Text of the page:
In today’s New York Times, there’s an obituary for Donald Duncan, a Green Beret and master sergeant who became an early and outspoken critic of America’s war in Vietnam. The obituary is at this link http://www.nytimes.com/2016/05/07/us/donald-w-duncan-79-ex-green-beret-and-early-critic-of-vietnam-war-is-dead.html, and I want to highlight some of what Duncan said about that war. Here are two excerpts: “The whole thing [the war] was a lie,” Mr. Duncan wrote. “We weren’t preserving freedom in South Vietnam. There was no freedom to preserve. To voice opposition to the government meant jail or death. Neutralism was forbidden and punished. Newspapers that didn’t say the right thing were closed down. People are not even free to leave, and Vietnam is one of those rare countries that doesn’t fill its American visa quota.” Another quotation: He concluded that America was destined to lose the war. “I don’t think Vietnam will be better off under Ho’s brand of communism,” he said. “But it’s not for me or my government to decide. That decision is for the Vietnamese. I also know that we have allowed the creation of a military monster that will lie to our elected officials, and that both of them will lie to the American people.” These words, coming from a decorated combat veteran with direct knowledge of events in Vietnam, must be remembered. Yet as the NYT obituary makes clear, Duncan died in obscurity, all but forgotten. We need to remember people like him: people who are willing to speak up and tell uncomfortable truths.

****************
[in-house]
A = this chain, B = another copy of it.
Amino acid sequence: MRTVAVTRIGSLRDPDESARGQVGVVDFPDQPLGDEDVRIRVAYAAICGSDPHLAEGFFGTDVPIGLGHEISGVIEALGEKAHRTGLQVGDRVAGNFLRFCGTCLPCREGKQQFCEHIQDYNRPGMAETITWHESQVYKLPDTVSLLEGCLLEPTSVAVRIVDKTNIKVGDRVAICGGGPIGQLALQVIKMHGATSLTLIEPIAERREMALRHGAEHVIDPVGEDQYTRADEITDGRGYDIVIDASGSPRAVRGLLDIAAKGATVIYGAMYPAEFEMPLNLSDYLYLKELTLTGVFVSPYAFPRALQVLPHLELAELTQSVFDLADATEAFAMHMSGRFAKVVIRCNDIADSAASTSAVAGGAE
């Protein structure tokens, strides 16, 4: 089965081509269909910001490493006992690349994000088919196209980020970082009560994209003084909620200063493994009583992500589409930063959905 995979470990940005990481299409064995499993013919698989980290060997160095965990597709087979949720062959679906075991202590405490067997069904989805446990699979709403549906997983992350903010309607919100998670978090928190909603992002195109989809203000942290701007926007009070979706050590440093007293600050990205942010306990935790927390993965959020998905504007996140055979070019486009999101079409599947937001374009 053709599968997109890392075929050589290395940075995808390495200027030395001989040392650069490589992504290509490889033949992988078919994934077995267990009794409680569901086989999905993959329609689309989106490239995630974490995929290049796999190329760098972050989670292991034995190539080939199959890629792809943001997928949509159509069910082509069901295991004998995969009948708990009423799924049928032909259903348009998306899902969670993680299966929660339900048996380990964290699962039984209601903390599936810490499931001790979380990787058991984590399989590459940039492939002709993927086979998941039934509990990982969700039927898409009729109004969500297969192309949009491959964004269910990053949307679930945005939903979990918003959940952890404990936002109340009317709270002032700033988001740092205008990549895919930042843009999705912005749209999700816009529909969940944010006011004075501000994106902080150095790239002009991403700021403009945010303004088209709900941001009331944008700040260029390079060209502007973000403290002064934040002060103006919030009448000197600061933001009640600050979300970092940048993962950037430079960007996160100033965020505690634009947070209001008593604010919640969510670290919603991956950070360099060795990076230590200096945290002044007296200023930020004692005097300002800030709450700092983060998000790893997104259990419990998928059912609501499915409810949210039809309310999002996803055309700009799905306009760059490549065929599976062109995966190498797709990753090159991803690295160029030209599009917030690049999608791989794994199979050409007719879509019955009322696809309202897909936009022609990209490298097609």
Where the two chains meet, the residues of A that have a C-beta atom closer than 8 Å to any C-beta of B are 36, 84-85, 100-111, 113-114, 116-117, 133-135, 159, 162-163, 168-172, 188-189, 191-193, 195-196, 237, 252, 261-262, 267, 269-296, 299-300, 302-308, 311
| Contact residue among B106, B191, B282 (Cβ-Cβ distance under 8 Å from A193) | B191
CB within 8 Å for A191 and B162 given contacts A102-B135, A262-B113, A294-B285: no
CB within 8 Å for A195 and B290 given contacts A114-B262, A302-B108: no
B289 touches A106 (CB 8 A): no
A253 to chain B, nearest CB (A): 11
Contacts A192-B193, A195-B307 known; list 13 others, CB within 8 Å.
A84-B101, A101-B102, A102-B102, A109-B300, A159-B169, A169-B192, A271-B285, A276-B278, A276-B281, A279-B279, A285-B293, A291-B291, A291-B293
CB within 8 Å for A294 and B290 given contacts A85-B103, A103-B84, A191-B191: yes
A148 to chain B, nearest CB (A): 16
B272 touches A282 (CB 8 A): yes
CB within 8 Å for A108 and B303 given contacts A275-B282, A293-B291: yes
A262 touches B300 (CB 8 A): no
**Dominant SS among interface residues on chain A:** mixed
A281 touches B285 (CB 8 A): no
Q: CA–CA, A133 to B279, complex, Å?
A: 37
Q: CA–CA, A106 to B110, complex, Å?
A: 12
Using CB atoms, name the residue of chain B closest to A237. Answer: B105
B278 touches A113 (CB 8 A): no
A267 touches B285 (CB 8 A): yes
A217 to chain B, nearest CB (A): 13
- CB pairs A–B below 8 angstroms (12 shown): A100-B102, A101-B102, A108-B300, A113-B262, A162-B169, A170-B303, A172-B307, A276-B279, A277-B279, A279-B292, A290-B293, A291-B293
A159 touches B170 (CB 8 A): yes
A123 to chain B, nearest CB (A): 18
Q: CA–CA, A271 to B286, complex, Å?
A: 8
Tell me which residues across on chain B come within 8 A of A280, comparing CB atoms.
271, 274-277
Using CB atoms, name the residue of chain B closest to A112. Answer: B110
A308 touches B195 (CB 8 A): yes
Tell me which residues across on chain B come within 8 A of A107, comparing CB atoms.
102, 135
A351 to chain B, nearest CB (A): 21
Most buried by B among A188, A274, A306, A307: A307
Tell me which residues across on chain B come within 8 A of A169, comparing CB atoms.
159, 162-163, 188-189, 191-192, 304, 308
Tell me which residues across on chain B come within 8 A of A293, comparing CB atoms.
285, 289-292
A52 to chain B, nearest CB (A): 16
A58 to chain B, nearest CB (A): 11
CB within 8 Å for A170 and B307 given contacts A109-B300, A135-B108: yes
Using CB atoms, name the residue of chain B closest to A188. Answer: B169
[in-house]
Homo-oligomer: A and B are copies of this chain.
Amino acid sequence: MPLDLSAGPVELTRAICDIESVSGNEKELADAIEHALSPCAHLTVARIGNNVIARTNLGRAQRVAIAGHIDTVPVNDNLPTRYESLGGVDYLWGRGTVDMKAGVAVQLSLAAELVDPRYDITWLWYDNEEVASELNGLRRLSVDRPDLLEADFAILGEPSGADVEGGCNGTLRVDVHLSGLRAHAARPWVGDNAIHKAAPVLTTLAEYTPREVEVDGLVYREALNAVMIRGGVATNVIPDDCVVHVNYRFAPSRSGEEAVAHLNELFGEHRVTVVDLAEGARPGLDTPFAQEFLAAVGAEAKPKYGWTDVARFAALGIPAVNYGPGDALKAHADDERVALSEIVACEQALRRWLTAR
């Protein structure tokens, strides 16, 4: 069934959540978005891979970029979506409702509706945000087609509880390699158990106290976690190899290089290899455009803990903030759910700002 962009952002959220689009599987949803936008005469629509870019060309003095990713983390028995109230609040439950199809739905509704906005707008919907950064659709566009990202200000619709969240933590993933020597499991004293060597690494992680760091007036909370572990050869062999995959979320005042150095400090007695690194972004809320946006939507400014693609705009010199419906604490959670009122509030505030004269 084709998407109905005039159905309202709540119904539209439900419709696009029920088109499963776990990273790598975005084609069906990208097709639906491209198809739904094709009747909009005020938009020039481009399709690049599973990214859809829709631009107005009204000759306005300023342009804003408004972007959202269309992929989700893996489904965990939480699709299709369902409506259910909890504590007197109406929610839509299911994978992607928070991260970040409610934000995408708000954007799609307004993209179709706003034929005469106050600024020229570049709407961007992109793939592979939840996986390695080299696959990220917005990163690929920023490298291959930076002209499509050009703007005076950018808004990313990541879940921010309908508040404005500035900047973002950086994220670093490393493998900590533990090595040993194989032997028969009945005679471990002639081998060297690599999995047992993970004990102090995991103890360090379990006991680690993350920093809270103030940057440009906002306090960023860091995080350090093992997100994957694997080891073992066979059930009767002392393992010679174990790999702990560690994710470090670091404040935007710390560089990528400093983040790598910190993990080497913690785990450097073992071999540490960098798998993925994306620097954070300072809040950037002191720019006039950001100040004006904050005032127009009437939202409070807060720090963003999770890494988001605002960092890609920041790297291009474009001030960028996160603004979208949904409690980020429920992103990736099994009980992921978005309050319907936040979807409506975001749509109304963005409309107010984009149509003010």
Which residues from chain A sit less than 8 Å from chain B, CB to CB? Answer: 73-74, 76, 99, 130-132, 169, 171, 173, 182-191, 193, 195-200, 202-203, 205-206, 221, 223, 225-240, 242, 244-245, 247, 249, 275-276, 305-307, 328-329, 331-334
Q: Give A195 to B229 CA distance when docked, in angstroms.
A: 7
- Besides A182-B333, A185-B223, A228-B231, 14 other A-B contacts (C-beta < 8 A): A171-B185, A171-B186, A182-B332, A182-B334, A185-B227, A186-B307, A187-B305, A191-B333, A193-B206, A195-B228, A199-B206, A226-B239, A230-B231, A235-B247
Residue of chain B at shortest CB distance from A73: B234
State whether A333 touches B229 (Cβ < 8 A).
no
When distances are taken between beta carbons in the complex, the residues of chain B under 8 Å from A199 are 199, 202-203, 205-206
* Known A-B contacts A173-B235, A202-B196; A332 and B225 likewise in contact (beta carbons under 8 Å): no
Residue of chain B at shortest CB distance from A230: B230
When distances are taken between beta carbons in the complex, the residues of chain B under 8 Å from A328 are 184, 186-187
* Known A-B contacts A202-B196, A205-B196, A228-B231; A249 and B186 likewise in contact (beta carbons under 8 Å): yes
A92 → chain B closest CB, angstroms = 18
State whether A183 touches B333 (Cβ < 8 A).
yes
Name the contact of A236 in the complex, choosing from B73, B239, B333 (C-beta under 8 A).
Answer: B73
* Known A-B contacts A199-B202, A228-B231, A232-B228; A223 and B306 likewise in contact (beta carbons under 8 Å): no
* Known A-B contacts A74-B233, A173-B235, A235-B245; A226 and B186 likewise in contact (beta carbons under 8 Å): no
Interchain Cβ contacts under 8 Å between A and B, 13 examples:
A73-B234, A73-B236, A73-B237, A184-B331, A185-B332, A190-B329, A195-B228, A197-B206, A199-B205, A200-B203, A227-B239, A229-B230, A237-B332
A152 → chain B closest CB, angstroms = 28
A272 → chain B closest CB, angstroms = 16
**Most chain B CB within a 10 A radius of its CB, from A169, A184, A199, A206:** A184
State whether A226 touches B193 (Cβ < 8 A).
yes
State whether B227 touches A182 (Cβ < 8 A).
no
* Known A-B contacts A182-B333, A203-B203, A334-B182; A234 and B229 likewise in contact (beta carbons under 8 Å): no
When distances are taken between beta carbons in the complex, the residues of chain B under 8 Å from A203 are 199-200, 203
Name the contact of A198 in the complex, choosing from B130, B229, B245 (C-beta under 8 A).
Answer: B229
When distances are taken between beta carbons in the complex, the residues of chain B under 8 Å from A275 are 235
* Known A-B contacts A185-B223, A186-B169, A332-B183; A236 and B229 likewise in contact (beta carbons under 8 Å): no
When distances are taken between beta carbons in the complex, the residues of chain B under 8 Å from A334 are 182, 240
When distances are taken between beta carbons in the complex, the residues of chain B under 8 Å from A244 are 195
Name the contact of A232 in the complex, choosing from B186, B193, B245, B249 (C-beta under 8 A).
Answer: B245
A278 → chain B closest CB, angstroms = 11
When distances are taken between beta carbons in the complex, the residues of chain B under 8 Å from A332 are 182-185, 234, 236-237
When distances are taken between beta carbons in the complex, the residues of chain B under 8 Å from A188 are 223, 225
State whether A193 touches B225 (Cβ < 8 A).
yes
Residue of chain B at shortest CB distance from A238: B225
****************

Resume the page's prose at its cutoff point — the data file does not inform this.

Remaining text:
Hannah Arendt (Arendt Center at Bard College)
In November 1971, the political philosopher Hannah Arendt published “Lying in Politics: Reflections on the Pentagon Papers” in the New York Review of Books. Earlier that year, Daniel Ellsberg had shared those highly classified government papers with the U.S. media. They revealed a persistent and systematic pattern of lying and deception by the government about U.S. progress in the Vietnam War. By undermining the people’s trust in government, lies and deception were destabilizing democracy in America, Arendt said. Furthermore, America was witnessing two new and related categories of lying. The first was lying as public relations, the creation and distribution of images substituting for facts and premised in human manipulability (a Madison Avenue approach to war and foreign policy). The second was lying tied to a country’s reputation as embraced by professional “problem-solvers” as the basis for political action. …
View original post 667 more words